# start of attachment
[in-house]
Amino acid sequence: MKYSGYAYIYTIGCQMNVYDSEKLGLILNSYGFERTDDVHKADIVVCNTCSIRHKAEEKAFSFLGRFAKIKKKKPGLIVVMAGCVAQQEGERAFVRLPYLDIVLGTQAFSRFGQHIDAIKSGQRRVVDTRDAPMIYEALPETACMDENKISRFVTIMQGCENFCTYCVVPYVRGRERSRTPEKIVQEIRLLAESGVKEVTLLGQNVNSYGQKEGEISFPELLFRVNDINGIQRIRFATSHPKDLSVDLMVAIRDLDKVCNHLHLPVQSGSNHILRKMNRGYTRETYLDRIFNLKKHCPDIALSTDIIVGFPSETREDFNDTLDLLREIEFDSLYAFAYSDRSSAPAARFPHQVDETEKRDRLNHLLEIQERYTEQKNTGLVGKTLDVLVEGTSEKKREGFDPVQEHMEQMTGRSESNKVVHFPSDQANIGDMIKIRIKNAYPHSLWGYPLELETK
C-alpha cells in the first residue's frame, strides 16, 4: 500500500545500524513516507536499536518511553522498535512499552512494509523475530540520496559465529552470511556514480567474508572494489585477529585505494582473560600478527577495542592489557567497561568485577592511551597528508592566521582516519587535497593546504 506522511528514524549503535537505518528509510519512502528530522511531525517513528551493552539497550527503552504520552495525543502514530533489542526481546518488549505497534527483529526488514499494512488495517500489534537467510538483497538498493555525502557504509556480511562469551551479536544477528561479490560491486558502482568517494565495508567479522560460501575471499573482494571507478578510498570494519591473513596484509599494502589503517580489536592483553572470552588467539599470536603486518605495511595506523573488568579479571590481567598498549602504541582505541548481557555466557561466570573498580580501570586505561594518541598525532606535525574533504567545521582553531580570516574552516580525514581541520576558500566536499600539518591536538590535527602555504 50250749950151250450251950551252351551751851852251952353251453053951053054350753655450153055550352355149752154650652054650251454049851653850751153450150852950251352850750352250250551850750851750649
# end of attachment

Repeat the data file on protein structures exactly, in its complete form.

[in-house]
Amino acid sequence: MKYSGYAYIYTIGCQMNVYDSEKLGLILNSYGFERTDDVHKADIVVCNTCSIRHKAEEKAFSFLGRFAKIKKKKPGLIVVMAGCVAQQEGERAFVRLPYLDIVLGTQAFSRFGQHIDAIKSGQRRVVDTRDAPMIYEALPETACMDENKISRFVTIMQGCENFCTYCVVPYVRGRERSRTPEKIVQEIRLLAESGVKEVTLLGQNVNSYGQKEGEISFPELLFRVNDINGIQRIRFATSHPKDLSVDLMVAIRDLDKVCNHLHLPVQSGSNHILRKMNRGYTRETYLDRIFNLKKHCPDIALSTDIIVGFPSETREDFNDTLDLLREIEFDSLYAFAYSDRSSAPAARFPHQVDETEKRDRLNHLLEIQERYTEQKNTGLVGKTLDVLVEGTSEKKREGFDPVQEHMEQMTGRSESNKVVHFPSDQANIGDMIKIRIKNAYPHSLWGYPLELETK
C-alpha cells in the first residue's frame, strides 16, 4: 500500500545500524513516507536499536518511553522498535512499552512494509523475530540520496559465529552470511556514480567474508572494489585477529585505494582473560600478527577495542592489557567497561568485577592511551597528508592566521582516519587535497593546504 506522511528514524549503535537505518528509510519512502528530522511531525517513528551493552539497550527503552504520552495525543502514530533489542526481546518488549505497534527483529526488514499494512488495517500489534537467510538483497538498493555525502557504509556480511562469551551479536544477528561479490560491486558502482568517494565495508567479522560460501575471499573482494571507478578510498570494519591473513596484509599494502589503517580489536592483553572470552588467539599470536603486518605495511595506523573488568579479571590481567598498549602504541582505541548481557555466557561466570573498580580501570586505561594518541598525532606535525574533504567545521582553531580570516574552516580525514581541520576558500566536499600539518591536538590535527602555504 50250749950151250450251950551252351551751851852251952353251453053951053054350753655450153055550352355149752154650652054650251454049851653850751153450150852950251352850750352250250551850750851750649